It’s true, you know: The more things change, the more they stay the same.

What has stayed the same is the tendency of young people to pilfer their parents’ stash in a blossoming pursuit of chemical happiness. What has changed are the ingredients.

Admit it. Two hundred years ago when you were young, you used to sneak into the liquor cabinet and siphon off as much gin, rum or whiskey as you dared. You would replace it with water until, over the months, that bottle dad kept for special occasions, such as you moving out, would be roughly 1 proof.

Of course, that was back in the day when a parent could keep liquor around the house without being accused of child abuse. These days, booze is locked up tighter than automatic weaponry around the house, if it is kept there at all. Elaborate alarms guard the Cutty Sark. Alcohol cams are set up around the house as an additional precaution.

Rest easy, future Father of the Year. Kids aren’t aiming for your fire water so much these days. Instead, they are in the bathroom rooting through the medicine cabinets.

Pill parties are all the rage. A sort of potluck form of chemical abuse, the kids are swiping whatever prescription drugs they can get their hands on and taking them to parties. All those pills – pink ones that make you sleepy, tiny white ones that dull the edges of your various manias, neat round pills that take away your pain and make you feel sort of fuzzy – are gathered and put out like hors d’oeuvres.

Bored with the predictable buzz of keg beer, no longer enthralled by the sexy twist of Ecstasy, some youth thrill seekers have come to wonder what the pharmaceutical sciences can do for them. They want to know why mom becomes so serene after gobbling two pills no bigger than a pinky nail or why dad doesn’t seem unhappy about his root canal.

“All they know is that it’s something else that gives them an altered state,” said a former drug agent. “There’s a whole prescription drug culture out there. Kids are finding it as easy, or easier, to take these drugs than it is to drink.”

And why not? A party is at hand and it doesn’t require the muscle of hauling kegs around or the physics of a tap. A fast root through the medicine cabinet reveals good times in tiny bottles of tinted plastic.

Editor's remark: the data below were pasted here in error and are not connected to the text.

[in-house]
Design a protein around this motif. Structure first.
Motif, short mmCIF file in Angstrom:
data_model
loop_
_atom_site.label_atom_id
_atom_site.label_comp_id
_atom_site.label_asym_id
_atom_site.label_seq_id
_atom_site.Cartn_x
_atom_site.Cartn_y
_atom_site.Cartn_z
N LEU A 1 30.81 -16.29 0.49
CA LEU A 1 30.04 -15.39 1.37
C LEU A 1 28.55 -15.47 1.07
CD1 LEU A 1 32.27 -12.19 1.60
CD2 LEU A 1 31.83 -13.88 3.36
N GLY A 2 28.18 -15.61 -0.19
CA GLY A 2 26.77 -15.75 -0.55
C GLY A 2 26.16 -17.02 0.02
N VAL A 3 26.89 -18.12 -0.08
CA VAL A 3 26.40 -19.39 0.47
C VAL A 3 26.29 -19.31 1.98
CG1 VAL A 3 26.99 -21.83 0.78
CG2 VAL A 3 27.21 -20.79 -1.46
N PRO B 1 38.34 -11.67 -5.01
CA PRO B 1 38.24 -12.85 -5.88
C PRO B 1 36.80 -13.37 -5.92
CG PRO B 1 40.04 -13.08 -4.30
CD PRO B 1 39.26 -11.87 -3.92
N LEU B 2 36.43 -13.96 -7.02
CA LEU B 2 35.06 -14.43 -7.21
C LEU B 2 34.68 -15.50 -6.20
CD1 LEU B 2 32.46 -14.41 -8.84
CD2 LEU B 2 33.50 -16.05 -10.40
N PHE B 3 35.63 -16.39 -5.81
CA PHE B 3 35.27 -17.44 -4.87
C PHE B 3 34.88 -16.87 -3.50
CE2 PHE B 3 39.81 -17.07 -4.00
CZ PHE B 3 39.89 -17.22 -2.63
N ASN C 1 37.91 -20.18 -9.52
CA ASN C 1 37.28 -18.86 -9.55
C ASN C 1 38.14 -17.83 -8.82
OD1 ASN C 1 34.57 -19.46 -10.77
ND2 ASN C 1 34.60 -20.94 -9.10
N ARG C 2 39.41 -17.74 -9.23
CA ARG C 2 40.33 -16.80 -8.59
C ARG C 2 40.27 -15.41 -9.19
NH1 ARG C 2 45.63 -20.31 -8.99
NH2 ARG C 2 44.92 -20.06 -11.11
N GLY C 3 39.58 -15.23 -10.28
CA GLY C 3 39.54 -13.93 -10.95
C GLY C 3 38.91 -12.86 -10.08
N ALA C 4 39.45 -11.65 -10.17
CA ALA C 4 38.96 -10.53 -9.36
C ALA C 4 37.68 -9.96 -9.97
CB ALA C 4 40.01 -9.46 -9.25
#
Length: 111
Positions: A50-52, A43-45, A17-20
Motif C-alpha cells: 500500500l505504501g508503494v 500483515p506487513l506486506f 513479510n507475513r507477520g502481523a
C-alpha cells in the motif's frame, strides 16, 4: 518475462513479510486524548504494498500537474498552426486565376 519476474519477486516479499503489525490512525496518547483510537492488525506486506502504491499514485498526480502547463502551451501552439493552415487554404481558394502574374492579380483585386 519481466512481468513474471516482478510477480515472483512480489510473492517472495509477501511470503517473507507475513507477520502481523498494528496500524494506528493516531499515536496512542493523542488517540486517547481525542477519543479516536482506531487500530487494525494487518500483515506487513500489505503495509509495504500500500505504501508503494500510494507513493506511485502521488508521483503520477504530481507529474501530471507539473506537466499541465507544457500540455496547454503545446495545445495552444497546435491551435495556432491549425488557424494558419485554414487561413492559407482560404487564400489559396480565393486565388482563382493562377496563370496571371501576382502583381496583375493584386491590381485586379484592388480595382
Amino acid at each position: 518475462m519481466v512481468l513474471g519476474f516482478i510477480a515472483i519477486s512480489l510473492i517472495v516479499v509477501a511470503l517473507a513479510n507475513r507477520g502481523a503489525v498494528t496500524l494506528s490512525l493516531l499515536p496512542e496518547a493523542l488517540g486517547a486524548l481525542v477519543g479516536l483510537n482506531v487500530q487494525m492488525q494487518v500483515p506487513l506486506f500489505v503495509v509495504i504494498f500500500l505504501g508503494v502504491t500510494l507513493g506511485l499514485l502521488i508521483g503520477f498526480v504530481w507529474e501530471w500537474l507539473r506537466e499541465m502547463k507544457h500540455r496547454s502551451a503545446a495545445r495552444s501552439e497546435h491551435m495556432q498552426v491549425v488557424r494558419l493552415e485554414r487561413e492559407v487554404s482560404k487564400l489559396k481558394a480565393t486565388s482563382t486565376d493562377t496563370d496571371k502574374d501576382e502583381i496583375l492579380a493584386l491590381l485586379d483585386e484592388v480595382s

Dad keeps a bottle of Oxycodone around the house ever since the shoulder surgery. It made him queasy and he didn’t care for it much so it sits back on a shelf, a bottle filled with tiny pills waiting to be crushed and snorted or just popped into the mouth like Tic Tacs.

Hydrocodone, prescribed after so much as a teeth cleaning, has become as ubiquitous as aspirin used to be. It kills pain, yes. But it also provides the user a warming of the mind and spirit, like a Snuggie from heaven. Three bottles of it sit right out on the bathroom counter, waiting to be taken to the party.

Xanax dulls the jagged edges of stress and drops inhibitions to the floor. Ambien provides the joy of sleep even in one who remains awake. That Adderall your little brother stopped taking will whip you into a state of heretofore unknown mental alertness. We all know what Viagra will do for you.

Don’t feel that I am handing out advice on good-time pills, parent. Your kids know far more about this than I do.

And there they are, all these pills gathered on a table waiting to be picked up like playing cards in a mind-bending game of chance. Your sweet, straight-A Jimmy might be wandering in a glossy daze this very night and the chemical that got him there wasn’t obtained on the shadowy streets but in the purse you leave sitting on the kitchen table.

“You can’t smell a pill on your kid’s breath,” my narc friend says. “A lot of parents are completely oblivious.”

Every generation finds young people in new exploration. The boozers will always be there. Pot and acid took off in the ’60s and ’70s; Ecstasy came along in following generations, and methamphetamine still tempts teens to experimentation.

Now it’s an inside job. New drugs are unrolled daily to treat all forms of human malady, from an overachieving bladder and an underachieving libido and everything in between.

“Pills are doled out left and right,” says the drug agent. “They’re all over the place.”

And there it is. One more thing you need to worry about as you watch your little ones stumble into the recklessness of adolescence. High times sought not in ounces but in milligrams.

It’s 10 o’clock, my friends. Do you know where your pills are?

Mark LaFlamme is a Sun Journal staff writer.


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